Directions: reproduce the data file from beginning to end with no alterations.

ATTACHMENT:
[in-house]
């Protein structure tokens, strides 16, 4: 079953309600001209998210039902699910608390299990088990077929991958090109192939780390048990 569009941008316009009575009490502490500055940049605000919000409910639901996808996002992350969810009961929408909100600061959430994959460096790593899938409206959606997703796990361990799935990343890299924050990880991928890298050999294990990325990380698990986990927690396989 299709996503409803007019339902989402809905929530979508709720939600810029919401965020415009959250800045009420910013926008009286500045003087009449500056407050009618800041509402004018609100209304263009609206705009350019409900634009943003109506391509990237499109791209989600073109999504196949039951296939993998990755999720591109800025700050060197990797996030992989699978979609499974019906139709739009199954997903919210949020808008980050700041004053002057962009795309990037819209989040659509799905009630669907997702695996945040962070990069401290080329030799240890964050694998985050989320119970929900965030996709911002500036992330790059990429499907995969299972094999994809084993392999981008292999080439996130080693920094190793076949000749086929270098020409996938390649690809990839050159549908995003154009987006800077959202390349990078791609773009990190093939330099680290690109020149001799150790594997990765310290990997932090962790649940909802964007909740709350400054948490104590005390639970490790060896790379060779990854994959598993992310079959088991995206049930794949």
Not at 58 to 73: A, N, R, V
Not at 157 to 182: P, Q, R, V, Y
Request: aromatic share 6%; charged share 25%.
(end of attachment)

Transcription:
[in-house]
């Protein structure tokens, strides 16, 4: 079953309600001209998210039902699910608390299990088990077929991958090109192939780390048990 569009941008316009009575009490502490500055940049605000919000409910639901996808996002992350969810009961929408909100600061959430994959460096790593899938409206959606997703796990361990799935990343890299924050990880991928890298050999294990990325990380698990986990927690396989 299709996503409803007019339902989402809905929530979508709720939600810029919401965020415009959250800045009420910013926008009286500045003087009449500056407050009618800041509402004018609100209304263009609206705009350019409900634009943003109506391509990237499109791209989600073109999504196949039951296939993998990755999720591109800025700050060197990797996030992989699978979609499974019906139709739009199954997903919210949020808008980050700041004053002057962009795309990037819209989040659509799905009630669907997702695996945040962070990069401290080329030799240890964050694998985050989320119970929900965030996709911002500036992330790059990429499907995969299972094999994809084993392999981008292999080439996130080693920094190793076949000749086929270098020409996938390649690809990839050159549908995003154009987006800077959202390349990078791609773009990190093939330099680290690109020149001799150790594997990765310290990997932090962790649940909802964007909740709350400054948490104590005390639970490790060896790379060779990854994959598993992310079959088991995206049930794949």
Not at 58 to 73: A, N, R, V
Not at 157 to 182: P, Q, R, V, Y
Request: aromatic share 6%; charged share 25%.